Ex-lawyer turned relationship coach

The Bitter Truth Of Lifelong Learning

Passively watching and reading educational content is not learning. It’s self amusement.

The reason Ted Talks get millions of views is the same why we constantly check our phones for new texts and emails. 


For every new fact you give it, the brain releases a wave of chemical bliss. Devouring information feels great.

No wonder Instagram feeds, Slack mentions and YouTube clips so easily steal our attention.

But not all information is equal. 

Most people don’t want to know more about electromagnetism, the details of our civil rights, or what’s happening in Beirut.

And the brain is to blame.

If it isn’t easily digestible or doesn’t uphold your beliefs, the cerebrum doesn’t want to know. 

Which is why most of our knowledge is so superficial. 

The majority of adults know the 8 planets of our Solar System, but not how the Earth spins around its axis. Everyone can turn on the microwave, but hardly anyone can explain how it works.

The grey matter inside our skull doesn’t actually like to think. Plus, it has a poor memory.

Think back to the latest book of non-fiction you read. Can you accurately repeat its contents? Probably not.

That’s because our noggin doesn’t process information through passive reading. Watching and listening doesn’t lead to learning either.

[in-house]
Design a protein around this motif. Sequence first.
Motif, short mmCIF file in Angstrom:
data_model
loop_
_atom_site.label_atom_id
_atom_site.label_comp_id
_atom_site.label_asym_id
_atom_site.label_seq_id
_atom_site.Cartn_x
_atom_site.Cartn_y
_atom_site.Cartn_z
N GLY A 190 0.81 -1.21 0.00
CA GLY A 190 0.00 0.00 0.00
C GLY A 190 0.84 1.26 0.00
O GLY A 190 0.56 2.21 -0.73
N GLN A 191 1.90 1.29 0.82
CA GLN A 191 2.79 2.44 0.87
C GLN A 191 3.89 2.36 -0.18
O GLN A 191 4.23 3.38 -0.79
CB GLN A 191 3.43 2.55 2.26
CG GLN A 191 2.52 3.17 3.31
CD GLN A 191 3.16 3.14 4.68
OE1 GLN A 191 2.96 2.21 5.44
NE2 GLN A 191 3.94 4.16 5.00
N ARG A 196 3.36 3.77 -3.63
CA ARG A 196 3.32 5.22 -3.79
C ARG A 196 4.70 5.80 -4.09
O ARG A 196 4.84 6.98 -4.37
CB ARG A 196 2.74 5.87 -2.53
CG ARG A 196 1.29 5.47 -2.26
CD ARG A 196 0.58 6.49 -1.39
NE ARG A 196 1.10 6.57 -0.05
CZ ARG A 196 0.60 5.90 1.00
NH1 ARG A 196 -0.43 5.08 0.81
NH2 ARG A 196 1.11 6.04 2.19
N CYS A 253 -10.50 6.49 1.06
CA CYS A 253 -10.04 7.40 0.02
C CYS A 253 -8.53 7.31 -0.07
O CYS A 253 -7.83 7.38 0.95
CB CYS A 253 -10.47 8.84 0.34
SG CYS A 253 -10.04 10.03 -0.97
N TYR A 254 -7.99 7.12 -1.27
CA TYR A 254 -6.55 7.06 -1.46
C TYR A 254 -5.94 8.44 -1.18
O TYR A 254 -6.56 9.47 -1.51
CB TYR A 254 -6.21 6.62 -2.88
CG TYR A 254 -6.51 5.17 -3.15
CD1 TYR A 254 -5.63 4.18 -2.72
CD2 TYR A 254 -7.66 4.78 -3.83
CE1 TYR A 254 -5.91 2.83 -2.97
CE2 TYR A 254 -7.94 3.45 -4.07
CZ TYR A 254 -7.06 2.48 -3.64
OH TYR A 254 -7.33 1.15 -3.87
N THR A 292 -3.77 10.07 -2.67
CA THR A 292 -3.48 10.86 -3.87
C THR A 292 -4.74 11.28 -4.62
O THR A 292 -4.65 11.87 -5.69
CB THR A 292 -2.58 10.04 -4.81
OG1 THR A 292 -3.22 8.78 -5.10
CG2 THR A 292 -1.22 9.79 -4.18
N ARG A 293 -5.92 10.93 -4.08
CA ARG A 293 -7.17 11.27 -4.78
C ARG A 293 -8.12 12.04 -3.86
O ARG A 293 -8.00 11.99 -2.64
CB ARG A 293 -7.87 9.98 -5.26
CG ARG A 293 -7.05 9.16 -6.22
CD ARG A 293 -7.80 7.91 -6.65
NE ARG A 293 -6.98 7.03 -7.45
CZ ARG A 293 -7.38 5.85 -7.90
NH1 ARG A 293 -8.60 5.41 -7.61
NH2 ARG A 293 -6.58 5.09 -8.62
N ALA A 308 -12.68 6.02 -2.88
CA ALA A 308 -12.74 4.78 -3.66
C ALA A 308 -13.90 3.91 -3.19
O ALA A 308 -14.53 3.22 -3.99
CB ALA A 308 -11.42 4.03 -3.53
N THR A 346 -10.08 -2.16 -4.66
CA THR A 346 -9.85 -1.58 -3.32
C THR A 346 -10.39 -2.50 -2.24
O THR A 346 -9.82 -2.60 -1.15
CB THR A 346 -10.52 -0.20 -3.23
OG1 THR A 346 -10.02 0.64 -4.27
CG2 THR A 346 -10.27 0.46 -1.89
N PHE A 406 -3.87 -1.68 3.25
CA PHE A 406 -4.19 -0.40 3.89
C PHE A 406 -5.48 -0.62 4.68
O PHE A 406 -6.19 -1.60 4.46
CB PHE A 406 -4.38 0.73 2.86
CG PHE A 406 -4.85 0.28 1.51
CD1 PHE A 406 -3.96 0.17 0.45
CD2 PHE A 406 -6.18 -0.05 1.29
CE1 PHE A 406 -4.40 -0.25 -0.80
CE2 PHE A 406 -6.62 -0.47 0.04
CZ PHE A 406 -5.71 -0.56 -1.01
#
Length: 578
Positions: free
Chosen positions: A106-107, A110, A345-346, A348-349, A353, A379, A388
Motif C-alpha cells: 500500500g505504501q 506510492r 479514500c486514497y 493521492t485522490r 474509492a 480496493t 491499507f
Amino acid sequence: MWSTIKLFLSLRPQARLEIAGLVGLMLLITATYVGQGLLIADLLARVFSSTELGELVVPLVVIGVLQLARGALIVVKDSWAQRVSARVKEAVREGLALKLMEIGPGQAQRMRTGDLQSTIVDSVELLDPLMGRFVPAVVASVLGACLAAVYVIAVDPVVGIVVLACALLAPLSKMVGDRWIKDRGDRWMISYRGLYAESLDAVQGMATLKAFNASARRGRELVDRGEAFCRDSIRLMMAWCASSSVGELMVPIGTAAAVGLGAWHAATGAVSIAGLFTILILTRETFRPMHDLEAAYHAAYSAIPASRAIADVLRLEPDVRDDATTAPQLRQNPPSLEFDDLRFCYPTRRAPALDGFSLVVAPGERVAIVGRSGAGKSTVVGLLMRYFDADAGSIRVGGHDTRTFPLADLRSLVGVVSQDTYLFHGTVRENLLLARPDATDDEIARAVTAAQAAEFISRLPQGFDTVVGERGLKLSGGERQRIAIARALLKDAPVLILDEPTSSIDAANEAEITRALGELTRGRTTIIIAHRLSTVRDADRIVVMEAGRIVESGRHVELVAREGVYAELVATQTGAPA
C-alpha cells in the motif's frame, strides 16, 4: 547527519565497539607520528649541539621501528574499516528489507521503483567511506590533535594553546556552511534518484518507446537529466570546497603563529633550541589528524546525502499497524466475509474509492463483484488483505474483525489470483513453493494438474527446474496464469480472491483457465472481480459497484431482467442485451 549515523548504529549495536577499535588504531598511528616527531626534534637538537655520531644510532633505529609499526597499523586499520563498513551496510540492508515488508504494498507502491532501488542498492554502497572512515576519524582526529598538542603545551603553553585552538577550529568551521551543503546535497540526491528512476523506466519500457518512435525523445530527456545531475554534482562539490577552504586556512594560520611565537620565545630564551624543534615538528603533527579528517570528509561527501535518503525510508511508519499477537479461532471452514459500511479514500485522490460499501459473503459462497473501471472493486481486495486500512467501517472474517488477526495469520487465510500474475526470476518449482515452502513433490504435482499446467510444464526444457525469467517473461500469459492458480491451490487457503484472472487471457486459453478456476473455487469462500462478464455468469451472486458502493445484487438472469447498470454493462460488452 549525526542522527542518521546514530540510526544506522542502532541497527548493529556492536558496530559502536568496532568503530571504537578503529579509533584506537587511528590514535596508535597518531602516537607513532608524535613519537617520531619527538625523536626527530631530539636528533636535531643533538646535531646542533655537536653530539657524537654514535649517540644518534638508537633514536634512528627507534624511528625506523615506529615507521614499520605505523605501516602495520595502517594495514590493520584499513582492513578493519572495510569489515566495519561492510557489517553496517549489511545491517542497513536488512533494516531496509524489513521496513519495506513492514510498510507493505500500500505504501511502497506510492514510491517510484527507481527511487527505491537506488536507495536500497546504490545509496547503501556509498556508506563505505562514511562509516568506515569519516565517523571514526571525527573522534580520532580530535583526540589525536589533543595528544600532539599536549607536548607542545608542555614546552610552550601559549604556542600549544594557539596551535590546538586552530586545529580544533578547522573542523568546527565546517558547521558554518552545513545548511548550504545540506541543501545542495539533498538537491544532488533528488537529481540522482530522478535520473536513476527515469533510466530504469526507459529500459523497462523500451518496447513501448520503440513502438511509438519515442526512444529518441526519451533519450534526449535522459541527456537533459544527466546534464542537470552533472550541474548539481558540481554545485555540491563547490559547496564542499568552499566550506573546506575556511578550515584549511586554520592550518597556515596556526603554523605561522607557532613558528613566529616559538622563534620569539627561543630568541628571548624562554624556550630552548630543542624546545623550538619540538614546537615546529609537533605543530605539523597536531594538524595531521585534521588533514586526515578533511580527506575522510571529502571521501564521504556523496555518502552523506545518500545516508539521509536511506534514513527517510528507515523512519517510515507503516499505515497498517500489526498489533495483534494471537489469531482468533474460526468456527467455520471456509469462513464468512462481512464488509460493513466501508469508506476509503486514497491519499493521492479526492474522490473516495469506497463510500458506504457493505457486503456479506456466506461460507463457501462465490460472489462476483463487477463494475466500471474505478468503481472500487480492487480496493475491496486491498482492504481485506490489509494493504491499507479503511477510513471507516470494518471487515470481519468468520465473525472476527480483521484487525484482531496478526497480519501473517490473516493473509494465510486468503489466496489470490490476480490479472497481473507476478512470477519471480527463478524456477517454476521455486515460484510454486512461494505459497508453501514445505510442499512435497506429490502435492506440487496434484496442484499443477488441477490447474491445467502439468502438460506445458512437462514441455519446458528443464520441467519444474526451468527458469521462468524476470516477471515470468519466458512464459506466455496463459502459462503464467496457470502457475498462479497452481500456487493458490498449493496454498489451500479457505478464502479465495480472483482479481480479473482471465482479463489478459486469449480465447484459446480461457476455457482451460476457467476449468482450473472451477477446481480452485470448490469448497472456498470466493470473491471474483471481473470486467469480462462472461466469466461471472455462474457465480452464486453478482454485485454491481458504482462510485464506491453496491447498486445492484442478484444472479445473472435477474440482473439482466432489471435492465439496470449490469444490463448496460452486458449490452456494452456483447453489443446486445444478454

We only learn by actively engaging with subjects we are genuinely interested in.

In short, learning starts with curiosity.

How do you stay curious when it gets tough?

With pop culture.

Coca Cola, Breaking Bad, The Beatles, McDonalds, Trump, Star Wars, “Just do it”… A common language almost everyone shares. 

To stay motivated about auxiliary verbs, integer divisions and deoxyrbonucleic acid, we want to link these clinical terms to subjects we already enjoy and understand.

Like sports.

Neil deGrasse Tyson famously taught the world a lesson in astrophysics with a Tweet about american football. The reason it worked?

The audience already knew the sport, so everyone’s attention could be spent on understanding the teaching. And because the readers cared about football, they cared about the earth’s rotation that helped score the winning goal.

If you care about Game of Thrones, hearing that a mix of boric acid, methanol and glow sticks creates Wildfire doesn’t feel like a lecture.

Connecting science to popculture is only a stepping stone to the curiosity threshold.

Study a dull subject often enough and it becomes as interesting as a new episode of Stranger Things.

Do you write and read articles about a specific field?

Forget the pop references. You’re a self learner.

By Jeroen Elsing
Ex-lawyer turned relationship coach